Draft guidelines on the use of covert surveillance in Scotland fail to recognise the importance of legal professional privilege, which protects communications between lawyers and clients, the Faculty of Advocates claimed today.

Responding to a consultation on proposed codes of practice under the Regulation of Investigatory Powers (Scotland) Act 2000, prepared by the Scottish Government in the wake of the Investigatory Powers Act 2016, Faculty said it was "concerned that the protection proposed in the new codes does not properly reflect the central importance of LPP in securing the rule of law in a democratic society”.

It emphasises that LPP is different from other categories of confidential information considered in the draft codes – discussions with a minister of religion, an elected representative, a doctor or a journalist.

“Whilst maintaining the confidentiality of those exchanges is undoubtedly important, it is not, in the Faculty’s view, an essential part of securing the rule of law,” added the Faculty.

“That is the feature that gives LPP its special status and which should, the Faculty suggests, justify an enhanced and rigorous protection. From our reading of the draft codes, however, LPP is treated in substantially the same terms as those other categories of confidential information.”

Pointing out that lawyer-client communications which further a criminal purpose do not fall within the scope of LPP, it maintains that insufficient consideration has been given in the codes to the consequences of intercepting privileged communications in terms of article 6 of the European Convention on Human Rights (right to a fair trial).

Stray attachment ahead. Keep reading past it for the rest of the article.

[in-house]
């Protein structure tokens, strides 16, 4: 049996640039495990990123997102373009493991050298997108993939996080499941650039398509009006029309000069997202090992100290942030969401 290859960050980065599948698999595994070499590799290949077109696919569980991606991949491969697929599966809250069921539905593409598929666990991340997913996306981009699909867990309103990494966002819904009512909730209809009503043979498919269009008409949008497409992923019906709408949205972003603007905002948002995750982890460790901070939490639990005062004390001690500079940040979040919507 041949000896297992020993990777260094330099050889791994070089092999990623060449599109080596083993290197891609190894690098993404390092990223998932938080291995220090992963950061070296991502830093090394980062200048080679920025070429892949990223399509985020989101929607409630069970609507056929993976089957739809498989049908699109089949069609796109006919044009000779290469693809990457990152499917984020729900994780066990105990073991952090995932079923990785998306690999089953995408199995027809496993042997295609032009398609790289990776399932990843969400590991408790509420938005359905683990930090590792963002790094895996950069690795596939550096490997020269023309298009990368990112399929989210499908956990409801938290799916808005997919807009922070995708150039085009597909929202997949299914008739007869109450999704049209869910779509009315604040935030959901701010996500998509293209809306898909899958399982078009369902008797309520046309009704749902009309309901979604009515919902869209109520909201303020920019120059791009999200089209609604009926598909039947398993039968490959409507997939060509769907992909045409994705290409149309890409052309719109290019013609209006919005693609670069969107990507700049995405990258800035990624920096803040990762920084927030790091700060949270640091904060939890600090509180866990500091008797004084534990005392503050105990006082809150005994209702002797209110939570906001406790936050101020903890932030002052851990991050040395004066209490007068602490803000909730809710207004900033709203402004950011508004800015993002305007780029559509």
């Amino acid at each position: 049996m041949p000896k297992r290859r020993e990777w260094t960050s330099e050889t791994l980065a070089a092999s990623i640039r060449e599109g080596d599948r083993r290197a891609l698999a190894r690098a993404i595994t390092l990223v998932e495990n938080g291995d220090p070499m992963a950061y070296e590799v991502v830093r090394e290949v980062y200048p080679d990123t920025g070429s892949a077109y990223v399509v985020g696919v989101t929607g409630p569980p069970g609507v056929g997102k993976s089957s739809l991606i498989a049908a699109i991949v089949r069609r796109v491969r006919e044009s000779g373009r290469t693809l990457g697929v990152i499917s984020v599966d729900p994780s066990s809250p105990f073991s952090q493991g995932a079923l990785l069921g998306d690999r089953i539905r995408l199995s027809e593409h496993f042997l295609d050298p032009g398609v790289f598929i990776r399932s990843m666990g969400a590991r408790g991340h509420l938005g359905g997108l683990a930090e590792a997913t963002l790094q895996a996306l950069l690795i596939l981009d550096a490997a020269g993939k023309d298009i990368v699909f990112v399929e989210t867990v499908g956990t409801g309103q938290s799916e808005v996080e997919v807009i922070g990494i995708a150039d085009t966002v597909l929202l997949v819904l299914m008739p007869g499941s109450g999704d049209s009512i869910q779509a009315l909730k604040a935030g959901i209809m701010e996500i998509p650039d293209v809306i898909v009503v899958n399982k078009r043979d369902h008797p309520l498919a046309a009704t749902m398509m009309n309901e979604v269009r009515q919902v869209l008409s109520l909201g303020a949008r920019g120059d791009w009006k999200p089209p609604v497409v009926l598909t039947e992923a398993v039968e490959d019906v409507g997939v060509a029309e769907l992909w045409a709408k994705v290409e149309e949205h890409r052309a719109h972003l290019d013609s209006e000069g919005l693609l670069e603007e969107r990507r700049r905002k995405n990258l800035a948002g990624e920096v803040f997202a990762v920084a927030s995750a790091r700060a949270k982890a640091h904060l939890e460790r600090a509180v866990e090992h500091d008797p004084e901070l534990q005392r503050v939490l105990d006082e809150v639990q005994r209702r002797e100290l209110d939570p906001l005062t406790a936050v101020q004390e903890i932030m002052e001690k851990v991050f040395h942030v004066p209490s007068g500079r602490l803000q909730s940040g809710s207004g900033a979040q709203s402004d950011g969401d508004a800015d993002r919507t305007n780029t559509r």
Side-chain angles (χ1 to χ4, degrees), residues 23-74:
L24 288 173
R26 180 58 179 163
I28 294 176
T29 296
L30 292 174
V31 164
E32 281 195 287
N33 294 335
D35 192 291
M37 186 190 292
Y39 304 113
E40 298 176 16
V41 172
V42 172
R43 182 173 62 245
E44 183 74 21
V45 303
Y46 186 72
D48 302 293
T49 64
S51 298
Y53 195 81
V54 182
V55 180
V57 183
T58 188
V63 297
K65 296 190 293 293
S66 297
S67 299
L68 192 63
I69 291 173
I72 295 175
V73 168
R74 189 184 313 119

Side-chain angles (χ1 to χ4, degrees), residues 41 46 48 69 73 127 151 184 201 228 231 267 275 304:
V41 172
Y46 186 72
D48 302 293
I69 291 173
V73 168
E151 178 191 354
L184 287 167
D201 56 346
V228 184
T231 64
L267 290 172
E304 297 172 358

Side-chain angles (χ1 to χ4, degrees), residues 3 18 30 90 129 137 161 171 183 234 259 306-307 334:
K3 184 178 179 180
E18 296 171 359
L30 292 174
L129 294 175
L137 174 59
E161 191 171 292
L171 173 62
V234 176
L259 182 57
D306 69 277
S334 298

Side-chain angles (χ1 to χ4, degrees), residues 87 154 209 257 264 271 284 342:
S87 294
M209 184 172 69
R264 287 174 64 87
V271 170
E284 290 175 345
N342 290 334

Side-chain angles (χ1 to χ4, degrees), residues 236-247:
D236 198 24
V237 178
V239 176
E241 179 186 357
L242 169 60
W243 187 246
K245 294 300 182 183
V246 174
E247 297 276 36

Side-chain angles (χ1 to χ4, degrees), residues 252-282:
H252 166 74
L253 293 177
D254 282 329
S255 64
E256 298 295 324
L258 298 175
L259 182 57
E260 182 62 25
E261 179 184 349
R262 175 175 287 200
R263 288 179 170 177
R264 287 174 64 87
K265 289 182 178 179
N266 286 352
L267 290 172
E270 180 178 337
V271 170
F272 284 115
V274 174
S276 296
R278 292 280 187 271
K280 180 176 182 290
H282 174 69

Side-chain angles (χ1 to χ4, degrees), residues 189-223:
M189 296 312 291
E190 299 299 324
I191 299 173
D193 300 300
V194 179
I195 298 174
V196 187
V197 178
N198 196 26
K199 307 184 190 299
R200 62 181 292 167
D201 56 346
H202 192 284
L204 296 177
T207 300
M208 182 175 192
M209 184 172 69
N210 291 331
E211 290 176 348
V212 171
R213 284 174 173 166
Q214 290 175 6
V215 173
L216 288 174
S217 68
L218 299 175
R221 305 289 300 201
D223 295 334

Further, the deliberate targeting of matters subject to LPP is “unacceptable”, and where privileged communications are intercepted incidentally or inadvertently, there should be an obligation to destroy such information once it has been identified as such. If interception of LPP material is to be authorised, it is also important that data are regularly published on the number of authorisations granted.

“The recognition of the importance of LPP to the securing of the rule of law is not peculiarly Scottish (or British). The core ideal is recognised throughout Europe”, Faculty adds. And protections that do exist in the code should apply equally to civil as well as to criminal matters.

It concludes: "Faculty is not insensitive to the suggestion that might be made in some quarters that [its] proposals may limit the room for manoeuvre of those charged with maintaining the safety and security of the state, making, it may be suggested, their task more difficult than if they had a wide and unconstrained discretion. That, however, is inherent in the very nature of a democracy which is governed by the rule of law".